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Here's how to create an emergency kit in the event of a natural disaster in your area

On Saturday, a state of emergency was declared in Alberta due to the rapid expansion of numerous forest fires — a grim reminder for the beginning of Emergency Preparedness Week that it’s increasingly important to know what to do in the event of a natural disaster in your area.

Emergency Preparedness Week is a national awareness campaign that has taken place every year during the first full week of May since the mid-90s, aimed at helping Canadians put together ways to respond in the event of an emergency.

“In recent years, we have witnessed historic floods, wildfires, winter storms and hurricanes,” Bill Blair, Minister of Emergency Preparedness, said in a statement Sunday.

“In the past week, floods and wildfires have ravaged communities right across Canada. As climate change causes these events to become more frequent and more severe, the Government of Canada will be there to support response and recovery efforts, and build back more resilient communities.”

He added that he encourages all Canadians to familiarize themselves with the necessary steps to take in the event of an emergency, such as “making your own emergency kit, creating a family emergency plan, or becoming more informed about the risks and hazards in that could exist in your area.”

Over the last few years, Canada has seen an increased number of floods, wildfires and storms and hurricanes, many driven by climate change, forcing Canadians to face with unprecedented disruptions to their lives.

In 2021, a tornado devastated Barrie, Ontario, damaging 110 homes. Just last fall, post-tropical storm Fiona battered Atlantic Canada, killing two people, washing away multiple homes and taking away power for thousands.


With extreme weather anticipated to become more and more common due to climate change, what can Canadians do to be prepared?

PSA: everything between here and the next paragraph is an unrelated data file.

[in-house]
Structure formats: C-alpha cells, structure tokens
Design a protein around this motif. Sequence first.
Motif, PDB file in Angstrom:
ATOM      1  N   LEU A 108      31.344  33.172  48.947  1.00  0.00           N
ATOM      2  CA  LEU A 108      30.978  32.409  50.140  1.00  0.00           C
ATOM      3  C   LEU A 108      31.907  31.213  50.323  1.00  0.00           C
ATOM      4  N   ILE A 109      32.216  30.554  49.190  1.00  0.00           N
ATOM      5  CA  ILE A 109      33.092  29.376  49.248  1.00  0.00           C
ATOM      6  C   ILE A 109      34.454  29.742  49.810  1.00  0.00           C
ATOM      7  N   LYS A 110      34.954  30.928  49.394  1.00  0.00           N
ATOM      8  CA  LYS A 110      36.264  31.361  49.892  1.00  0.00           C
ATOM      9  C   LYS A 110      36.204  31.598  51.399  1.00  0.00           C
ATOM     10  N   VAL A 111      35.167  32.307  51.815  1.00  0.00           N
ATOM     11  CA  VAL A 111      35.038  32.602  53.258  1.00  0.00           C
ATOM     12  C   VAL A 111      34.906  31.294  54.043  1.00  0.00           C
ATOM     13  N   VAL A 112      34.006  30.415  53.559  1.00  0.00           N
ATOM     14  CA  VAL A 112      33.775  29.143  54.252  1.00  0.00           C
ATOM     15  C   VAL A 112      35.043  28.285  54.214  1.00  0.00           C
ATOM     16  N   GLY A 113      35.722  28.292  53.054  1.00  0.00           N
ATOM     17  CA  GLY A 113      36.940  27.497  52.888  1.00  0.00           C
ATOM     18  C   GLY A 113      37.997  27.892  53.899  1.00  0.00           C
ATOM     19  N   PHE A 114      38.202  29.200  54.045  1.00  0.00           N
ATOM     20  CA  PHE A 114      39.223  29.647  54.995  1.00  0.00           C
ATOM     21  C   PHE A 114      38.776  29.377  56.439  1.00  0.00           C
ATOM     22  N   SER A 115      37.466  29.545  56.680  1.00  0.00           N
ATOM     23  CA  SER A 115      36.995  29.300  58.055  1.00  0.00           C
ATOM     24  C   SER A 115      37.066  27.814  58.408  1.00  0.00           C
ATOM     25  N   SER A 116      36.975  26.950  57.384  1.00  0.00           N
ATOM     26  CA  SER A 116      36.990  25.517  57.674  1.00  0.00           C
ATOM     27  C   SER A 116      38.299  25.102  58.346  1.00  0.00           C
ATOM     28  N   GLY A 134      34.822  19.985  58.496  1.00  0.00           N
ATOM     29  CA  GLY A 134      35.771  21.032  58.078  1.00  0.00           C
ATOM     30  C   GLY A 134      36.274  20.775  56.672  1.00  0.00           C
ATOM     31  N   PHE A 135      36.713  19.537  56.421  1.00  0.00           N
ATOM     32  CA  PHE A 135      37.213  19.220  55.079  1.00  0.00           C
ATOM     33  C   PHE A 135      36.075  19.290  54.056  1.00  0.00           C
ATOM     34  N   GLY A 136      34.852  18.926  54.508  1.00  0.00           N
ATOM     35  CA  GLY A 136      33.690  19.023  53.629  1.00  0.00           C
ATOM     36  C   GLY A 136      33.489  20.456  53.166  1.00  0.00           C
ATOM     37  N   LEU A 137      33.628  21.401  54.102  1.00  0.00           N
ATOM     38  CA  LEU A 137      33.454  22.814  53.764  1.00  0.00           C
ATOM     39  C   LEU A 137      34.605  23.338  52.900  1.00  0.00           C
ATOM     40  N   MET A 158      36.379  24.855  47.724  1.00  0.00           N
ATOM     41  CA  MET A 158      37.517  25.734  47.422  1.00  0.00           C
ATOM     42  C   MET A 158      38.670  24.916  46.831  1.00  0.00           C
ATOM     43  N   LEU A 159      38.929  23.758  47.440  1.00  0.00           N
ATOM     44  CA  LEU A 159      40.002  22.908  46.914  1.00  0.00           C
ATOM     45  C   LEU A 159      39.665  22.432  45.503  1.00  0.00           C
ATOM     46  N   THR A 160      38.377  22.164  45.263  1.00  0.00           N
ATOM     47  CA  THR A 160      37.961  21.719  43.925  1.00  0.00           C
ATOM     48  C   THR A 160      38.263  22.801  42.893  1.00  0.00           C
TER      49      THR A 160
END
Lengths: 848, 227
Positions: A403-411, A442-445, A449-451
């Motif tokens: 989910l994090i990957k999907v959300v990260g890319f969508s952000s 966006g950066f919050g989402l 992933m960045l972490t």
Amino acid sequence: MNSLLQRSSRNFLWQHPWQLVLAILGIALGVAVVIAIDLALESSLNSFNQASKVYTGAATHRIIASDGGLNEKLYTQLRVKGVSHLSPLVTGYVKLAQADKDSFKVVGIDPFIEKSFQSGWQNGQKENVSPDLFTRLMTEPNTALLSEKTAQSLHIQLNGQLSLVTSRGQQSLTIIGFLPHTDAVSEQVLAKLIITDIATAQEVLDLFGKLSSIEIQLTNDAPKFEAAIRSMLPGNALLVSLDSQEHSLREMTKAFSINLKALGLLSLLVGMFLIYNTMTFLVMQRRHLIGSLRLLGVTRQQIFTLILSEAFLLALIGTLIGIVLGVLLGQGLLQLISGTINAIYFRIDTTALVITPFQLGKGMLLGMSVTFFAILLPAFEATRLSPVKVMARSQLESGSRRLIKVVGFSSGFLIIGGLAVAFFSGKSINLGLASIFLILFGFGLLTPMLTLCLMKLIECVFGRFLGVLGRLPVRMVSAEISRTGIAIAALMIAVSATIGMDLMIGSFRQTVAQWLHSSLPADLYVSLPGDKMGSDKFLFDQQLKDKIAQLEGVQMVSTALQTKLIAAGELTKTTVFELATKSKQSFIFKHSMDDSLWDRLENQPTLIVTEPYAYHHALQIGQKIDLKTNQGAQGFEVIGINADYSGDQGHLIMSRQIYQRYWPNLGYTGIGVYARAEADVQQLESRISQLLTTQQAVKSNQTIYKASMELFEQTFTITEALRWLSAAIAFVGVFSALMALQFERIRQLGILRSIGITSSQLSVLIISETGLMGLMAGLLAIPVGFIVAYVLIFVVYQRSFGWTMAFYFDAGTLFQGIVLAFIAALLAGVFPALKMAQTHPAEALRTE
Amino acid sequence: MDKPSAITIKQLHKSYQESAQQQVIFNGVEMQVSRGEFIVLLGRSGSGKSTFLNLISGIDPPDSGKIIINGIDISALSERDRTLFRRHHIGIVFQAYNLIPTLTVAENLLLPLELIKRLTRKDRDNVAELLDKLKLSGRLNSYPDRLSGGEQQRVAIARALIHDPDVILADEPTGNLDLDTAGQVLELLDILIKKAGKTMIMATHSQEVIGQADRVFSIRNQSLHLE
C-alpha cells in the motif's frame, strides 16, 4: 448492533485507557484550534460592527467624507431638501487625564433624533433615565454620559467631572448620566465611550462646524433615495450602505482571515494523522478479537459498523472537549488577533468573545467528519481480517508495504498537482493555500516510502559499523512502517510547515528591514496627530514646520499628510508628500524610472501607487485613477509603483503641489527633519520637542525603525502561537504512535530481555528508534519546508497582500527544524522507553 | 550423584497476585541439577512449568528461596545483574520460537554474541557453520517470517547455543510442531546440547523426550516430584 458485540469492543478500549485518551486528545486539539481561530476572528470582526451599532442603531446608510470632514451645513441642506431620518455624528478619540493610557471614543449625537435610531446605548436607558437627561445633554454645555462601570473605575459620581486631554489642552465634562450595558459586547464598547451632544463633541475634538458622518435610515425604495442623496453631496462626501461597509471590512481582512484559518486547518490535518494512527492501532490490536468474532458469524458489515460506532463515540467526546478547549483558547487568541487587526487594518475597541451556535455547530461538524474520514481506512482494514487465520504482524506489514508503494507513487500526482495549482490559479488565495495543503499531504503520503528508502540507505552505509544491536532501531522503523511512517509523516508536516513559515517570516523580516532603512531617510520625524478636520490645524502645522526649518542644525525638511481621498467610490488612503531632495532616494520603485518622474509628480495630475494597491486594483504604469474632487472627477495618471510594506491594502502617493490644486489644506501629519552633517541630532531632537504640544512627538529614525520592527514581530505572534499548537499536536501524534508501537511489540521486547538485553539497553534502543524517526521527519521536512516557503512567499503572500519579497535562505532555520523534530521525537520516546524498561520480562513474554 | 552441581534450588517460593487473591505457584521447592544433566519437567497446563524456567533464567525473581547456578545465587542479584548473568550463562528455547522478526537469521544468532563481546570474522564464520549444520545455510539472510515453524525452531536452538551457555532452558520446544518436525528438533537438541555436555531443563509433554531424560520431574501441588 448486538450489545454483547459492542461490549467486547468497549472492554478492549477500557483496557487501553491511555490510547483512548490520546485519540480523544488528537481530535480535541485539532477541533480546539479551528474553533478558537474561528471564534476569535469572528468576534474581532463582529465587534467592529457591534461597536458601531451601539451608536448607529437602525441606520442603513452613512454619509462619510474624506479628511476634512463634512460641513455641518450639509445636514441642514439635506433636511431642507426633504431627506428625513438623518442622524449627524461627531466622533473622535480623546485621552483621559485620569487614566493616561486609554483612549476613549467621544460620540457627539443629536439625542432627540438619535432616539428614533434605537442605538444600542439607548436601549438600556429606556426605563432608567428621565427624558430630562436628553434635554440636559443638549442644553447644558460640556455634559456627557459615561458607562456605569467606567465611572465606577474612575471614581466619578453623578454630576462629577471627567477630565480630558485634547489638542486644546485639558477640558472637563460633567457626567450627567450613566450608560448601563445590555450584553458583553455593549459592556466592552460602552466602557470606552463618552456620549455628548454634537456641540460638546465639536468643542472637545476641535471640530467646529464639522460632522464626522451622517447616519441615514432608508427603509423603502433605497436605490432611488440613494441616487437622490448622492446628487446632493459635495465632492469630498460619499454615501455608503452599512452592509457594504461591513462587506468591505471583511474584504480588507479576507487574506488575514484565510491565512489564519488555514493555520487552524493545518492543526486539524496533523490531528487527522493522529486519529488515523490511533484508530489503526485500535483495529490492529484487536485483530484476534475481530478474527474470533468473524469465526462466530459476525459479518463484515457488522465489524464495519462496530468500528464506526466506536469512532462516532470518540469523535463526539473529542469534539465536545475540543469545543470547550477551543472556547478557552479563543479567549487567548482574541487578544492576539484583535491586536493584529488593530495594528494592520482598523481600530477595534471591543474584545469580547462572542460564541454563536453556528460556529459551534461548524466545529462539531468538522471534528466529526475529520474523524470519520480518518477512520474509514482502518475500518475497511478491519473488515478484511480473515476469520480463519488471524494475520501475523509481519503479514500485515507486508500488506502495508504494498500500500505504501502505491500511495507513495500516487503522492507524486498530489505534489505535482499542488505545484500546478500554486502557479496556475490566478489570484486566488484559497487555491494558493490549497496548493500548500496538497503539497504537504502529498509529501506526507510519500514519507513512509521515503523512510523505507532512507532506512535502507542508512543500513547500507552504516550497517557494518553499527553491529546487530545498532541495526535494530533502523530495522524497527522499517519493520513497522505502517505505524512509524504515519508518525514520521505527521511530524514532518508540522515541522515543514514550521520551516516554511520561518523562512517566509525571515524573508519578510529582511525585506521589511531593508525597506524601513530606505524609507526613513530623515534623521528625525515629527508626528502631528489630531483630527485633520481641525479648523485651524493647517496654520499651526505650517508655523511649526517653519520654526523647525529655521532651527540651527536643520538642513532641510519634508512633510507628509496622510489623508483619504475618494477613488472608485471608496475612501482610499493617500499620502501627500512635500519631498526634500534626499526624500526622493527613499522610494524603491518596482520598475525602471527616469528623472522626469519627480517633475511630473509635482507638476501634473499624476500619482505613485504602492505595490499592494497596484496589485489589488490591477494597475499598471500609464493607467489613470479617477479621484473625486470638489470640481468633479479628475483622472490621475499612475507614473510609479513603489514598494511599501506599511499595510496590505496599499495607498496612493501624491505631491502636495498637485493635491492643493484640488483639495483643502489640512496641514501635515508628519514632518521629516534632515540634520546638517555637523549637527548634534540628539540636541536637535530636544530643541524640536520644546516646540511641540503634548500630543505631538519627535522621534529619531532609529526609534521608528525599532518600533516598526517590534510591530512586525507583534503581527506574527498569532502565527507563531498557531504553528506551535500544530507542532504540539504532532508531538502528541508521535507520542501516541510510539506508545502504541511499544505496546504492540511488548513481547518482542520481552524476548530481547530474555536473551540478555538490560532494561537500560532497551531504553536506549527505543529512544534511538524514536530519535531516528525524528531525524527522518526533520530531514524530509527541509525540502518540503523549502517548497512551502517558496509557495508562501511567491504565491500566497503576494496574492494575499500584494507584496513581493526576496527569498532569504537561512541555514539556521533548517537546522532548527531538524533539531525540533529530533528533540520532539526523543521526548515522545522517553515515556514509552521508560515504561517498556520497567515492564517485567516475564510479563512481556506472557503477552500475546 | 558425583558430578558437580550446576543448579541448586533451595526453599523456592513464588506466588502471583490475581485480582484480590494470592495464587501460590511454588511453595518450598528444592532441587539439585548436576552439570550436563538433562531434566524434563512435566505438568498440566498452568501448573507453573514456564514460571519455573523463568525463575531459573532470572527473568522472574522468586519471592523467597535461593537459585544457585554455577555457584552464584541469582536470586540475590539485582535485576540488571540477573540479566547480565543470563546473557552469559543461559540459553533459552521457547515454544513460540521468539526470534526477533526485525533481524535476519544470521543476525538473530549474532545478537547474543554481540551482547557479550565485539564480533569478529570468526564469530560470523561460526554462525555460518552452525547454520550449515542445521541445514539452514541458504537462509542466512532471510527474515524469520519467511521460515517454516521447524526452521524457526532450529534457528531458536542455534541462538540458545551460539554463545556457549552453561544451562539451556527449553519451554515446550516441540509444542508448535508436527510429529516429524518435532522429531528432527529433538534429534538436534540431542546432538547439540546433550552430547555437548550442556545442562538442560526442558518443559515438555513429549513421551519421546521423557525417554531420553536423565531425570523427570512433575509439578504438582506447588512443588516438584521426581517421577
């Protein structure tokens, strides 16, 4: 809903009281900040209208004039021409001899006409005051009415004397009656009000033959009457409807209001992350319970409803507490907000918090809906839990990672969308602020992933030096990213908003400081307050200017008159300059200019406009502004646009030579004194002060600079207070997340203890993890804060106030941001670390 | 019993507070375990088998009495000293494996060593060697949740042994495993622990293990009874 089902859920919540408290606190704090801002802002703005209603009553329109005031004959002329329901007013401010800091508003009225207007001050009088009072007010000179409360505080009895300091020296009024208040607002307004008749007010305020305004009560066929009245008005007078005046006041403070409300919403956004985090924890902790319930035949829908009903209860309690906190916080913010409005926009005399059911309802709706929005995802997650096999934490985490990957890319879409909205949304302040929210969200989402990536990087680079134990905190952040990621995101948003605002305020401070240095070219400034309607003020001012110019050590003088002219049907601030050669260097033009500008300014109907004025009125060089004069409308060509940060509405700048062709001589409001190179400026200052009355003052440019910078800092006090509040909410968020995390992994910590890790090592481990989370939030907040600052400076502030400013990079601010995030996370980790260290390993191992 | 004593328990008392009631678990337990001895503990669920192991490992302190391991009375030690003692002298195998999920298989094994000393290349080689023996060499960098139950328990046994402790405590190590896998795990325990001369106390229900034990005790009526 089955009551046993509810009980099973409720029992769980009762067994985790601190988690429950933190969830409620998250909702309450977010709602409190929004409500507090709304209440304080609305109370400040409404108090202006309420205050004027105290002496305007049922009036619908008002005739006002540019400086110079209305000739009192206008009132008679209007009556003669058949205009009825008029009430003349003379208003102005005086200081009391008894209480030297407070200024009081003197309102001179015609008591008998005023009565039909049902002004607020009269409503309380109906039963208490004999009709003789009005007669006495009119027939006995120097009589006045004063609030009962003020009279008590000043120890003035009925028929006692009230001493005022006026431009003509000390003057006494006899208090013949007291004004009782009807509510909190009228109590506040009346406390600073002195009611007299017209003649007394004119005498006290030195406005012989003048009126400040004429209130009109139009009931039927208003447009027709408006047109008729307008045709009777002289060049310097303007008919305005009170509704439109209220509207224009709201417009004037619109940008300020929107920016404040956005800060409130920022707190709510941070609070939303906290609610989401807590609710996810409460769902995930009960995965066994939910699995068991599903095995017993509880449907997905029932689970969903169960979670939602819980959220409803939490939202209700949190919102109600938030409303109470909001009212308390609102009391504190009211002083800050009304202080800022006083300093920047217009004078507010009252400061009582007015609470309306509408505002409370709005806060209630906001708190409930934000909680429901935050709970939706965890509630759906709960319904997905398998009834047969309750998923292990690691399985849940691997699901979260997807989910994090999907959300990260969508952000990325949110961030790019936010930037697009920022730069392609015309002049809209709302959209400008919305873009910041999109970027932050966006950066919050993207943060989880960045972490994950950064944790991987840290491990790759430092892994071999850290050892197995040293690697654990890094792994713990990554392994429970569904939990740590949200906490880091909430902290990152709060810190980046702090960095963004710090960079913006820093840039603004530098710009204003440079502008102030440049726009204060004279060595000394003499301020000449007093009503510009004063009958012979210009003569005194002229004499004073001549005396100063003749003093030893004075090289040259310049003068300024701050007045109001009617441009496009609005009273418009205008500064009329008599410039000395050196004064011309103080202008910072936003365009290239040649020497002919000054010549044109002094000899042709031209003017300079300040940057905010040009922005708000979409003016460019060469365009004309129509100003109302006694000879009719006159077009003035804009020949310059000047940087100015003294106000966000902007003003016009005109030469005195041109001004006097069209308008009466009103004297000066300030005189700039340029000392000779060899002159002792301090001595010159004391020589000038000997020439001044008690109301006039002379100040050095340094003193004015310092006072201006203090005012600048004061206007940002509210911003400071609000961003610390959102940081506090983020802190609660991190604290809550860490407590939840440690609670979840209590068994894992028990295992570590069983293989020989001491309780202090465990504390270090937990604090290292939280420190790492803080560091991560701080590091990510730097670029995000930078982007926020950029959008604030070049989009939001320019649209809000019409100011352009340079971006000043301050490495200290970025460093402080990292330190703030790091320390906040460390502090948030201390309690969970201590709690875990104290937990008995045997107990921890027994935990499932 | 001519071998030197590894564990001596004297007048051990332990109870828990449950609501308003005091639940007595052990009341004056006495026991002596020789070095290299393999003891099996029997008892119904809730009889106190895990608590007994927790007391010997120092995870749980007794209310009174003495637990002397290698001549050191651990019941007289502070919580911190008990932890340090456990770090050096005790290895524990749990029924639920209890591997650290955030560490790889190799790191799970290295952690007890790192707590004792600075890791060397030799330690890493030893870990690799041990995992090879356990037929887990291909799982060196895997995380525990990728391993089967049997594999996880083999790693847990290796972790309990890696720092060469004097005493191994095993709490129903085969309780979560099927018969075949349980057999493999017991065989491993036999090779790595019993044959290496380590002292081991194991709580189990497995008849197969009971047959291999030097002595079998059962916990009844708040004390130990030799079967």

One of the main actions experts recommend is making an emergency kit — a pack full of basic supplies to help your family survive during an emergency, even in the event of the power going out for an extended time, or your family needing to abruptly evacuate, or your family potentially being trapped and cut off from authorities.

Officials recommend that this emergency kit be something easy to carry, such as a duffel bag, and be stored somewhere where all family members can easily get to it.

An emergency kit should contain:

-a flashlight

-a wind-up radio

-extra batteries

-first aid kit

-any specialized essentials for specific members of the family, such as equipment related to a disability, prescription medications or food particular to a person’s age or allergies.

-extra keys for your home and car

-cash, including change for a payphone

-your family’s emergency plan

It should also contain some basics in terms of food and water, according to government officials, including two litres of water per person per day, if possible.

It should contain non-perishable or long-lasting food such as canned goods or individually packaged granola bars and dried foods. If you are packing canned goods, make sure to include a can-opener. Ready-to-go baby food and pet food is the way to go instead of food that needs preparing before it can be served.

If you are able to prepare ahead of an emergency — such as prepping for a post-tropical storm or hurricane — officials recommend ensuring that your fridge and freezer are set at or below 4 C and -18 C respectively to help keep them cooler for longer if the power does go out.

You should prepare a cooler and ice ahead of time in case you need to keep refrigerated food cold for more than four hours. Top Stories

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